$ export LAUNCHER="nosetests"
$ export USE_LIGHTY="True"
$ ./ 7.1

are equivalent to:

$ nosetests transportpce_tests/7.1/

but will ask tests script to use the controller build instead of Karaf.

These variables are also understood inside tox virtualenv thanks to the passenv parameter configured in tox.ini.

Tox TransportPCE functional tests support is split into several tox profiles. Strictly spoken, only the following profiles perform functional tests as described above:

  • testsPCE. To evaluate the Path Computation behavior.

  • tests121. To evaluate the support of OpenROADM devices version 1.2.1 .

  • tests221. To evaluate the support of OpenROADM devices version 2.2.1 .

  • tests71. To evaluate the support of OpenROADM devices version 7.1 .

  • tests_hybrid. To evaluate the controller behavior in a mixed environment with several versions of OpenROADM devices.

  • gnpy. To evaluate the controller behavior when used in conjunction with GNPy. Requires docker.

  • nbinotifications. To evaluate the controller north-bound interface notifications support. Requires docker.

Each of these profiles depend on the buildcontroller profile, which is simply there to build the controller from sources and adapt OLM default timers. They can also depend on sims121 or sims221 or sims71 profiles to download simulators of OpenROADM devices when needed. Other profiles named from the pattern build_karaf_testsXXX have also been added to configure separate karaf instances with alternate listening ports in order to use concurrency.

The depend parameter in tox.ini allows tox to establish the most efficient tests order strategy when calling tox without the -e option. This is particularly important when the parallelized mode is enabled. If tox is called locally with the option -e, profiles not specified to this option but listed in the depends parameters are simply ignored. This means you have to specify manually the buildcontroller or simsXXX profiles if the controller was not build yet or the sims were not downloaded. For example:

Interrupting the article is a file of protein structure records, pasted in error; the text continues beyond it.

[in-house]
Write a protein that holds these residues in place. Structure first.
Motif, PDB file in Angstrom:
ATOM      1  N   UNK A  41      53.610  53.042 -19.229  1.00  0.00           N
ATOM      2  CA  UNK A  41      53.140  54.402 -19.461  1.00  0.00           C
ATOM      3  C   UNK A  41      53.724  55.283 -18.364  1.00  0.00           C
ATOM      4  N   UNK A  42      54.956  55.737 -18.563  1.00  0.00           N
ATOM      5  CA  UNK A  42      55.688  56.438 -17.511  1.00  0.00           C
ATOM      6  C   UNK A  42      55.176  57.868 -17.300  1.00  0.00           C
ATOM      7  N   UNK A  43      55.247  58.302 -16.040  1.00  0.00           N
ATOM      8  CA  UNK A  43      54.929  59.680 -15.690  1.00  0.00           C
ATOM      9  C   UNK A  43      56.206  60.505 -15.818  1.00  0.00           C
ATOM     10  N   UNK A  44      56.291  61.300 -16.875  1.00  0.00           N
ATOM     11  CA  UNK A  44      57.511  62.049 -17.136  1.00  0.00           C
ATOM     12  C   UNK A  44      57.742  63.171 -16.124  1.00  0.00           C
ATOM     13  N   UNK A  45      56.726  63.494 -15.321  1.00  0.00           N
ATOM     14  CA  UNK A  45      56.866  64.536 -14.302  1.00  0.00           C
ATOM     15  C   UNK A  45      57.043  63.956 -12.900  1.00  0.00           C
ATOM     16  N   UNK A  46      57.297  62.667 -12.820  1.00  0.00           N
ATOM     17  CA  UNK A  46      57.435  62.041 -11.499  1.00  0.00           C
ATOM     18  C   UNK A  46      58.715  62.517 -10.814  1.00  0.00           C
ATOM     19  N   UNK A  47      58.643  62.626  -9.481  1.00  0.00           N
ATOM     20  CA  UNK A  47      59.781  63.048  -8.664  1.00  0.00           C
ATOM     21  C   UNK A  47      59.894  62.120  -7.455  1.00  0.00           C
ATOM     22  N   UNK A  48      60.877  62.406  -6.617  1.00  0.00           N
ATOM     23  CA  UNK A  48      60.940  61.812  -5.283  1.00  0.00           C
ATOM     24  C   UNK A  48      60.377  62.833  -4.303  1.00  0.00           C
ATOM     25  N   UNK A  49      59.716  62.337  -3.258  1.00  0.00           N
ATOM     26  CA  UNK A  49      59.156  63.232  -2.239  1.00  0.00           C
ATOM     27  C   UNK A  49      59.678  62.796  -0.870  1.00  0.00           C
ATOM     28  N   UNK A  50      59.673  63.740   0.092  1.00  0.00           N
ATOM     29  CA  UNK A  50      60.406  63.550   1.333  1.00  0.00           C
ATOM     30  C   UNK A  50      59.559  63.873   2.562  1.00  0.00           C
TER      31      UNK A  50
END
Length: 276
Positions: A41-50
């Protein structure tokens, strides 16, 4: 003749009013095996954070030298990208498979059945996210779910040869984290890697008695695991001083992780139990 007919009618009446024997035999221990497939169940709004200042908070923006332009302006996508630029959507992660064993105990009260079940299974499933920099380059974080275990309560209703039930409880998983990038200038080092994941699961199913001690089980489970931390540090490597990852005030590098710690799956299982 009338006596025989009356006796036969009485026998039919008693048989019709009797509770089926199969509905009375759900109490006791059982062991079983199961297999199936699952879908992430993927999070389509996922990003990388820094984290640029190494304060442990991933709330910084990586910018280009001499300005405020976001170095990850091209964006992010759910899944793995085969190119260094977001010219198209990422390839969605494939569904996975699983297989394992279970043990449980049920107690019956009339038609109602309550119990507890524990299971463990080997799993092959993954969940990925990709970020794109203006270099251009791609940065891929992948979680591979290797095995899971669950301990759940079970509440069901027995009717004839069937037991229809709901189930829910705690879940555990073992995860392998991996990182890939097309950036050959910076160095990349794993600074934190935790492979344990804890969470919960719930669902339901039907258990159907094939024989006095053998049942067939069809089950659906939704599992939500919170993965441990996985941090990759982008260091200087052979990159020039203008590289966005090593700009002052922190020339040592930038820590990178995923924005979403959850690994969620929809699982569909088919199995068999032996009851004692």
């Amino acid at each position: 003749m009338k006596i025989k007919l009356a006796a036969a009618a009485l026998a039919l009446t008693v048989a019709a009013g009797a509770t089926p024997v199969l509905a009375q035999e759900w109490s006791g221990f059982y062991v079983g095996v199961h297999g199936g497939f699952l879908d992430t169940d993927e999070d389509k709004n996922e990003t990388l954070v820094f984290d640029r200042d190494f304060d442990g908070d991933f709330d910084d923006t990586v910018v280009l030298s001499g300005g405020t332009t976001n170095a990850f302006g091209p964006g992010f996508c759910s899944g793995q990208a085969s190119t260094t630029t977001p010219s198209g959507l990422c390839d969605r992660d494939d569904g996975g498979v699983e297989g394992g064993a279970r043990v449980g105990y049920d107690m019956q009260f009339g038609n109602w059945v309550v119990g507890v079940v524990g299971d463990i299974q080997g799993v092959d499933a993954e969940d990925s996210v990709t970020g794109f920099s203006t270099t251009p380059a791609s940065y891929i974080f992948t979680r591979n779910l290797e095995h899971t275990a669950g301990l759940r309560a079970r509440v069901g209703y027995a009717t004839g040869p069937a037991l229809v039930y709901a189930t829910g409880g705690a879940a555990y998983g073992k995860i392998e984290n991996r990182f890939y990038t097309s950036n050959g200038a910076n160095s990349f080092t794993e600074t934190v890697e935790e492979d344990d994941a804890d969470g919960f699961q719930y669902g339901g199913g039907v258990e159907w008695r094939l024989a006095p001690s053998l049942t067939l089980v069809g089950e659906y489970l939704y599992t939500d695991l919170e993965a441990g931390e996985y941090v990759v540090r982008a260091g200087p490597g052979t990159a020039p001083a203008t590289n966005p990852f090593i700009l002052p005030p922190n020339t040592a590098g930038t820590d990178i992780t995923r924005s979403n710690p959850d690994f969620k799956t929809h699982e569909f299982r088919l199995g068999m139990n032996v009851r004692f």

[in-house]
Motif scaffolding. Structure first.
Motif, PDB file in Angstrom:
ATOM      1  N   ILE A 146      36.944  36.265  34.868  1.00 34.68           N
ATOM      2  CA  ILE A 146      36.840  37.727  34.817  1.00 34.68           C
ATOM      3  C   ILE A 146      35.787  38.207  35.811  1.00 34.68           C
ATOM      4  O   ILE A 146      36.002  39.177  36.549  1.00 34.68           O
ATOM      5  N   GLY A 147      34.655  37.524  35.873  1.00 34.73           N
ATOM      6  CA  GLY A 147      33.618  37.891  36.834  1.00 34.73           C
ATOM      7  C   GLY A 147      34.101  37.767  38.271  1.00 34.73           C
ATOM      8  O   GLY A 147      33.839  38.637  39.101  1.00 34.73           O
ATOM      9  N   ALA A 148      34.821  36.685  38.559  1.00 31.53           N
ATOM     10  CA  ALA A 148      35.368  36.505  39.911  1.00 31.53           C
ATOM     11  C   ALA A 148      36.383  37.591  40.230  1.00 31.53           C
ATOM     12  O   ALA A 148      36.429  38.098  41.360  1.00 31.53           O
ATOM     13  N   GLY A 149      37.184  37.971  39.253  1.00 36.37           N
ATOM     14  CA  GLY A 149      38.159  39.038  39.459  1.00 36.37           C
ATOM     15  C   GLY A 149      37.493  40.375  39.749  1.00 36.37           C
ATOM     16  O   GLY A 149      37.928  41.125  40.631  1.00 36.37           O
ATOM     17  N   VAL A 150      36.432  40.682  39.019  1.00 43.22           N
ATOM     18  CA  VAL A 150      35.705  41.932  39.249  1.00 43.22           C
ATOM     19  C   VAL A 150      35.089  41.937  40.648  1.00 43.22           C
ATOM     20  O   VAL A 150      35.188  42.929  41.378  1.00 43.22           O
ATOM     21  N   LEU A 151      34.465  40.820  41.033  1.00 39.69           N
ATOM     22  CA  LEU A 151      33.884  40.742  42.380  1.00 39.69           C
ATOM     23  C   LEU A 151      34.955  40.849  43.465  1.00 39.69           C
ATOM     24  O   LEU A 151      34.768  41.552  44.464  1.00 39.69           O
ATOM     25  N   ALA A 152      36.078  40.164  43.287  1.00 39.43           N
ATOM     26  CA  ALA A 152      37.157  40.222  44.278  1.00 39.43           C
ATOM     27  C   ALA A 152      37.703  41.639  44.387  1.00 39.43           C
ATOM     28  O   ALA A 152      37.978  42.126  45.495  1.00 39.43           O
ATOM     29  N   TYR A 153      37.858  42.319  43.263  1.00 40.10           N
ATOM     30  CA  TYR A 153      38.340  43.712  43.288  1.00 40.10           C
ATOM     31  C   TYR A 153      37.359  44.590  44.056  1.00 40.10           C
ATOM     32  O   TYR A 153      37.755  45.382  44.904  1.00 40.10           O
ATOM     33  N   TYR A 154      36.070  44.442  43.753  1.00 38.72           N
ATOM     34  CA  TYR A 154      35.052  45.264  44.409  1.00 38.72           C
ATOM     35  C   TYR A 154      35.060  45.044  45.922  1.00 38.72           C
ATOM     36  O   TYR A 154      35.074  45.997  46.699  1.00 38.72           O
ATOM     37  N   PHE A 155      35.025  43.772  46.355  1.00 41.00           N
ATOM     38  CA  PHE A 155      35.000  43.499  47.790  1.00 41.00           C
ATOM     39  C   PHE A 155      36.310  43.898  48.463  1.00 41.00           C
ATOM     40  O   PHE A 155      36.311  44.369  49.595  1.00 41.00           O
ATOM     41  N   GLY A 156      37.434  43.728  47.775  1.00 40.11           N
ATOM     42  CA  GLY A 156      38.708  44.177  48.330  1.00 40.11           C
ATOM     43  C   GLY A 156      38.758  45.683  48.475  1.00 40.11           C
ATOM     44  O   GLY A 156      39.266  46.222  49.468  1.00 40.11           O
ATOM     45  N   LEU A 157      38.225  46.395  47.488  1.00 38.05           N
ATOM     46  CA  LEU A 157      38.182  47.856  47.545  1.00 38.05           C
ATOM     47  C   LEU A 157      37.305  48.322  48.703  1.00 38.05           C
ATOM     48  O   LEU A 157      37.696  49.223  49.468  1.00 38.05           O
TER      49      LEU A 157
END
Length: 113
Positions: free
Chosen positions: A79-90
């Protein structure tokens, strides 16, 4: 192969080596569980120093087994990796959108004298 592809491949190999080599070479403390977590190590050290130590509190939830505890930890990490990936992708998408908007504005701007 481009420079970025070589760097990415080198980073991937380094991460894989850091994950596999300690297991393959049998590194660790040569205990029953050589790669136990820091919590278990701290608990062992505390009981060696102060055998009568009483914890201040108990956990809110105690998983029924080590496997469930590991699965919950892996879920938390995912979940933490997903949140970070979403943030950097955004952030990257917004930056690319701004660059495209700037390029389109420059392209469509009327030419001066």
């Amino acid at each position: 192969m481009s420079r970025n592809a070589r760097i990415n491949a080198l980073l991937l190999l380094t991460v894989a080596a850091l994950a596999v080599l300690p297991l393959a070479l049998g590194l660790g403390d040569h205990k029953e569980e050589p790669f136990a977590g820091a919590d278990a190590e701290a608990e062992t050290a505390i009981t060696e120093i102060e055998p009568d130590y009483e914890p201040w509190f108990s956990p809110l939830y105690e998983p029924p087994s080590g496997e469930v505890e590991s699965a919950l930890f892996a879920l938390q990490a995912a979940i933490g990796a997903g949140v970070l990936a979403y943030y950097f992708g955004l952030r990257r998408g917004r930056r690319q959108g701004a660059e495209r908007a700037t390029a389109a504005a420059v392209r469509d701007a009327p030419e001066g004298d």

$ tox -e buildcontroller,sims121,tests121

or with karaf alternate builds:

$ tox -e buildcontroller,build_karaf_tests121,sims121,tests121

will build the controller and download simulators before running every functional tests for OpenROADM devices 1.2.1. Once that done, you only need to list the others sims versions profiles before lauching hybrid tests:

$ tox -e sims221,sims71,tests_hybrid

or with karaf alternate builds:

$ tox -e build_karaf_tests_hybrid,sims221,sims71,tests_hybrid

Also the same way arguments can be passed to the script, tests names can be passed as argument when calling the corresponding tox profiles.

For example:

$ tox -e tests121 portmapping

will launch by default the following command inside tox virtual environment:

$ nosetests --with-xunit transportpce_tests/1.2.1/


$  tox -e tests121 "portmapping topology"

will perform: